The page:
The PostgreSQL Global Development Group has released an update to all current versions of the PostgreSQL database system, including versions 9.2.2, 9.1.7, 9.0.11, 8.4.15, and 8.3.22. Users of PostgreSQL Hot Standby replication should update at the next possible opportunity. Other users should update at their next maintenance window.
This release fixes a significant page ordering issue with Hot Standby which could cause index corruption on the standby under some circumstances. In addition, this update patches timing issues with checkpoint and transaction ID wraparound which could cause data corruption in some cases. Today's update also fixes multiple issues with CREATE INDEX CONCURRENTLY and DROP INDEX CONCURRENTLY, which can cause those commands to fail or produce corrupt indexes. Users who use this feature may want to REINDEX or recreate affected indexes (see below).
This update release also contains fixes for many minor issues discovered and patched by the PostgreSQL community in the last month, including several fixes which are specific to version 9.2. These include:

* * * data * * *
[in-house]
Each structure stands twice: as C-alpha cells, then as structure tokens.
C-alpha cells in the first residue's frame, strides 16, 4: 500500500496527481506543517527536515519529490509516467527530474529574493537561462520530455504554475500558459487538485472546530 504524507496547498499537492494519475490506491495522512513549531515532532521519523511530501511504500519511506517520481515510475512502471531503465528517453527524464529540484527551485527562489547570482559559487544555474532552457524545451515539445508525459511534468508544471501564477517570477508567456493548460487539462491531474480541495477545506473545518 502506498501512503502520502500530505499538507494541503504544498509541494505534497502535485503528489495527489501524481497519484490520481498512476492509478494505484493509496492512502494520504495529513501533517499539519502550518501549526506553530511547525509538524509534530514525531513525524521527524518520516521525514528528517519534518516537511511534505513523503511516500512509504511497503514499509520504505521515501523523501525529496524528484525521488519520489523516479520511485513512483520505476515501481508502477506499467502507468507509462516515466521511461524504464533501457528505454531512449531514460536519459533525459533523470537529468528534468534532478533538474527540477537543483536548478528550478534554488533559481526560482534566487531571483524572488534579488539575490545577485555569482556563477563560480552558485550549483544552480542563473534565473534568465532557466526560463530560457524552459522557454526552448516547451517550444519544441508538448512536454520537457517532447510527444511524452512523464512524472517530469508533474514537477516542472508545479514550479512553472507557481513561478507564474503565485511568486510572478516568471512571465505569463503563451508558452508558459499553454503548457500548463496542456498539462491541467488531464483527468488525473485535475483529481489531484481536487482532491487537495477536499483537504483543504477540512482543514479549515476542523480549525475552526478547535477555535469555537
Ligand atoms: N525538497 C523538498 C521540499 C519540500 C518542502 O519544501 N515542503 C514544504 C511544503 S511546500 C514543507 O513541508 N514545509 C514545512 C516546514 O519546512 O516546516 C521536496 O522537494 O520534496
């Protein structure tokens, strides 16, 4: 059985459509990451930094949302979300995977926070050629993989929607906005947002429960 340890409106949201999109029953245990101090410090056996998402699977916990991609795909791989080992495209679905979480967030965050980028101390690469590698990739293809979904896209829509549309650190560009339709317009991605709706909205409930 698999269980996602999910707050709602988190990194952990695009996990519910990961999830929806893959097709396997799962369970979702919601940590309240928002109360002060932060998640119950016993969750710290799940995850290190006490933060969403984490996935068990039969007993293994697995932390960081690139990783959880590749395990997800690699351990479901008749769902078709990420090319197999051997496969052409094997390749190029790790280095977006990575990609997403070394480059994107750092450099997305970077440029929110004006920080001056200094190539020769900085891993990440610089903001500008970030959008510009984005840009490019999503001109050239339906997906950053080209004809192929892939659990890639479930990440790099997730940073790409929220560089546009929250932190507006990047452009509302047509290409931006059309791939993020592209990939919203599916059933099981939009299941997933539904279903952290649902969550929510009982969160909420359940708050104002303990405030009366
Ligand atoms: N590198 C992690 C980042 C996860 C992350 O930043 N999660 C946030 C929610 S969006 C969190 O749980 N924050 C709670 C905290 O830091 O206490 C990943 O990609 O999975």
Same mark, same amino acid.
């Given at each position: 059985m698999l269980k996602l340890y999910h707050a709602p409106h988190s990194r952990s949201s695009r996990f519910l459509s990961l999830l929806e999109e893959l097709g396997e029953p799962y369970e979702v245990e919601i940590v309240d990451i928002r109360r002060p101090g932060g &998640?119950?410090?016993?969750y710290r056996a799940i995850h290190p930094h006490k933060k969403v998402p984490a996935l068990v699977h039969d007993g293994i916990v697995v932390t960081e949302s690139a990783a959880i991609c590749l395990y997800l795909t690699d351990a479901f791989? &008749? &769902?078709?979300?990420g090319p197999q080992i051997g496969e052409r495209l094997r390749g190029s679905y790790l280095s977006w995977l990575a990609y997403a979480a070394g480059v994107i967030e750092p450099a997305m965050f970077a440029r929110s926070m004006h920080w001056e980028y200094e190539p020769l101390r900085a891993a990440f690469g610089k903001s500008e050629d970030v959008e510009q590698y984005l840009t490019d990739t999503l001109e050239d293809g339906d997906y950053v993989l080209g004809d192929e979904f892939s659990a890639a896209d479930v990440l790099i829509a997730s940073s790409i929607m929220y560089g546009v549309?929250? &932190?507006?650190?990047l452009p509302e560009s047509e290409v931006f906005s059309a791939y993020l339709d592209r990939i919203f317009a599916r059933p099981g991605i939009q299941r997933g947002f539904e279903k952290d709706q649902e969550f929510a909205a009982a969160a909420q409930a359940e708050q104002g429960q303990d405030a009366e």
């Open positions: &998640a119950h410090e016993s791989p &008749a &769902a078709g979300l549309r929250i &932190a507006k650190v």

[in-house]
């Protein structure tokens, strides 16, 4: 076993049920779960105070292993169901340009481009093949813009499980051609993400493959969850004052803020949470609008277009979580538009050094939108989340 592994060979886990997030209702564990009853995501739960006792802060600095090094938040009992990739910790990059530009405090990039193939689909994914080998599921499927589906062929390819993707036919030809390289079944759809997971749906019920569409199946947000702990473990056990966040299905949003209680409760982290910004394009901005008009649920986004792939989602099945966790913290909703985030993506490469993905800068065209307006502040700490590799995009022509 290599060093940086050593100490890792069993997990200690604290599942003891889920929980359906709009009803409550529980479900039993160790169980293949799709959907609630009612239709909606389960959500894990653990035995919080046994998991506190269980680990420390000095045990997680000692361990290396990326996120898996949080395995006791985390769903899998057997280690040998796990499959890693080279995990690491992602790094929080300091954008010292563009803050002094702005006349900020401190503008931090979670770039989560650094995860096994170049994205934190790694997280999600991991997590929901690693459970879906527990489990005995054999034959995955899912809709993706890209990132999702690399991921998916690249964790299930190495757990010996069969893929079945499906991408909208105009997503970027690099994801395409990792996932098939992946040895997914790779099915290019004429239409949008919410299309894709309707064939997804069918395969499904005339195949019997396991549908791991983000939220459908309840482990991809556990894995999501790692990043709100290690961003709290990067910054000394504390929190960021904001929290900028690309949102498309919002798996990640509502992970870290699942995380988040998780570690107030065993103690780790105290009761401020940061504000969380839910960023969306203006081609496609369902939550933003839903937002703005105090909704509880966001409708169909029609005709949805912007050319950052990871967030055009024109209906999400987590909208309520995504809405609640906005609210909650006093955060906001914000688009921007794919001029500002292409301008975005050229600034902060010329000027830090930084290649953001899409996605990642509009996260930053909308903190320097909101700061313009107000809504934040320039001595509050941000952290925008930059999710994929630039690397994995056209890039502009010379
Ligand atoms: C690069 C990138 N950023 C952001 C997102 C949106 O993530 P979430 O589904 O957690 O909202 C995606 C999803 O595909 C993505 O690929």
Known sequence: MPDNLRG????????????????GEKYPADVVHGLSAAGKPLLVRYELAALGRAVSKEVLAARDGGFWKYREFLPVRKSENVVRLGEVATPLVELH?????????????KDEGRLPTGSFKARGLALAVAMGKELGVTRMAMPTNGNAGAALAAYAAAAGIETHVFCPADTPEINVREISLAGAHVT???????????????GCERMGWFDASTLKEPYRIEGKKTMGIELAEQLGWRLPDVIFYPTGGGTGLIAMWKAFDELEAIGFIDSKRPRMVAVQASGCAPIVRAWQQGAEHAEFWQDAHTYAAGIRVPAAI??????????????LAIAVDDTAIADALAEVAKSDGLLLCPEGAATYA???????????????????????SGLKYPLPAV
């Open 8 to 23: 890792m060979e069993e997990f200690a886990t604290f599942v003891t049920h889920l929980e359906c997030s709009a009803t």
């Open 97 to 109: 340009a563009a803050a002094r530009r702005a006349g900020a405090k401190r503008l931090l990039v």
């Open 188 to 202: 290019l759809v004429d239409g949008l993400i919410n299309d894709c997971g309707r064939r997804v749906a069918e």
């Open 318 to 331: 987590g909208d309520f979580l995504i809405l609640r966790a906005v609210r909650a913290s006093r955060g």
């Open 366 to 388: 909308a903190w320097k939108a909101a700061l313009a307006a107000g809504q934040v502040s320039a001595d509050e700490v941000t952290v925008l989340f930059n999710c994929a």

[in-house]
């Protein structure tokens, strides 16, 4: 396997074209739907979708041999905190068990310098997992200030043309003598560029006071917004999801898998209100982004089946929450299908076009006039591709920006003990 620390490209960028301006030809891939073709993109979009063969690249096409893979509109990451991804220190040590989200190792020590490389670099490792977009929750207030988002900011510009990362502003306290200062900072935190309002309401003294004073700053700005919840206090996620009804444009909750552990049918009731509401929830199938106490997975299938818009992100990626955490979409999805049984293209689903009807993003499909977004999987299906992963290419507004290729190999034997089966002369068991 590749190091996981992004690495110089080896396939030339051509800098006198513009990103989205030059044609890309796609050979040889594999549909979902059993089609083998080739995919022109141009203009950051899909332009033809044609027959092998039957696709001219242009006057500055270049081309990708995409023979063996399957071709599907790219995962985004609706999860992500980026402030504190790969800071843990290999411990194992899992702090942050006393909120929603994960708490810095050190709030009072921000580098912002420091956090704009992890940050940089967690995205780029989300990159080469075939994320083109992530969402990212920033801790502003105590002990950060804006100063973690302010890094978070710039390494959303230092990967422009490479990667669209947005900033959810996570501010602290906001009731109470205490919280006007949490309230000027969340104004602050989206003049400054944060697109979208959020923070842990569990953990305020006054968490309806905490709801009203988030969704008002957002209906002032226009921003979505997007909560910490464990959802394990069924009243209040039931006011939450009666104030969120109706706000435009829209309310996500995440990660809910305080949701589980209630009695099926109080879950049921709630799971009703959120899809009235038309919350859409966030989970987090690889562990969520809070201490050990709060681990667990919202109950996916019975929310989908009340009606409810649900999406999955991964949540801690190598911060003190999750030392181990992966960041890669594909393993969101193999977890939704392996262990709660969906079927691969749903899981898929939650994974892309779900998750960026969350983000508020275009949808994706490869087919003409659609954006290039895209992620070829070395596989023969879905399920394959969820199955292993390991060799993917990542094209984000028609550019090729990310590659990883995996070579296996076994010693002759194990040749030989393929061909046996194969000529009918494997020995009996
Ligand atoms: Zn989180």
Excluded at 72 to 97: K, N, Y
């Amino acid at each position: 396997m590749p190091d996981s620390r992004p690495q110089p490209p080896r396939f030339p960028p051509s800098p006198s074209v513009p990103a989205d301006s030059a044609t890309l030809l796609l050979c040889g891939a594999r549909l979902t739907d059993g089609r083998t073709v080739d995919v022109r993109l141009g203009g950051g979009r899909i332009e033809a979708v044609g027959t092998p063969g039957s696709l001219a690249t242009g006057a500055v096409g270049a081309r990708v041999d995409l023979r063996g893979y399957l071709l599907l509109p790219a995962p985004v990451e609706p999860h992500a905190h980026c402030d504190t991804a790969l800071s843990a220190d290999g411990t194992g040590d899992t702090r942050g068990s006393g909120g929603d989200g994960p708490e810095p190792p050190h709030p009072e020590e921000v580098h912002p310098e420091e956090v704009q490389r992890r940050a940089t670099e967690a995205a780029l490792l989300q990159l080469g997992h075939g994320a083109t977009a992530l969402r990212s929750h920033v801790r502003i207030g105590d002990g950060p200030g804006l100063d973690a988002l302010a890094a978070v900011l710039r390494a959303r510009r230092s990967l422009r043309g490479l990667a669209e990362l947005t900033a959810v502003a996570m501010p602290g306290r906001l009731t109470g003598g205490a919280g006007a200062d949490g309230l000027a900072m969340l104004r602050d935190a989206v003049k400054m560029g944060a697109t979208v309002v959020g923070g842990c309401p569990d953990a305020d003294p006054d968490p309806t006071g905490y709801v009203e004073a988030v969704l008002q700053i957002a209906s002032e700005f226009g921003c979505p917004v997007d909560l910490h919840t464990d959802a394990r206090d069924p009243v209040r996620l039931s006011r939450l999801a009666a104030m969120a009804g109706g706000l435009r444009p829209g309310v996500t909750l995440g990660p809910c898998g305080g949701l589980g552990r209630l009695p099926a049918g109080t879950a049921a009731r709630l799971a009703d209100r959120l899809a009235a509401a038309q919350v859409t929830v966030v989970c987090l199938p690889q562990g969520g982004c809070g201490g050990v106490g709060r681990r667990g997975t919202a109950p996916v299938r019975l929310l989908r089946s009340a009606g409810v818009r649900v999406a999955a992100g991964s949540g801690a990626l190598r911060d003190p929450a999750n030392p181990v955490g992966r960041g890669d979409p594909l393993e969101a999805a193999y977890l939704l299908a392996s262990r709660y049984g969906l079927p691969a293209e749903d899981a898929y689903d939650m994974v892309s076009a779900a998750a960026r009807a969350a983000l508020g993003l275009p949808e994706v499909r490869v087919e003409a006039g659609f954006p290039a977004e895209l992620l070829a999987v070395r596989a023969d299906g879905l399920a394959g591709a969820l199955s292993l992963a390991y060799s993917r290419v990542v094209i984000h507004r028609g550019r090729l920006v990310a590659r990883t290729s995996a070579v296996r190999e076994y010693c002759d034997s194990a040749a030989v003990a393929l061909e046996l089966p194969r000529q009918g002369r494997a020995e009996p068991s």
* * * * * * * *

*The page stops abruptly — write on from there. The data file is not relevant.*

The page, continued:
PostgreSQL 8.3 will be End-Of-Life (EOL) in February 2013. As such, this update is likely to be the next-to-last update for that version. We urge users of version 8.3 to begin planning a full upgrade to a more current version of PostgreSQL now. For more information, see our Versioning Policy.
As with other minor releases, users are not required to dump and reload their database or use pg_upgrade in order to apply this update release; you may simply shut down PostgreSQL and update its binaries. Users who have skipped multiple update releases may need to perform additional, post-update steps; see the Release Notes for details.
Users who have used CREATE INDEX CONCURRENTLY extensively may want to REINDEX, or drop and re-create, indexes which were created using CREATE INDEX CONCURRENTLY after applying the update in order to be sure of their integrity. Unfortunately, indexes created concurrently are indistinguishable from indexes created non-concurrently, so users will need to rely on DBA knowledge. Once the update is applied, users can create the new index concurrently and then drop the old index concurrently to avoid downtime.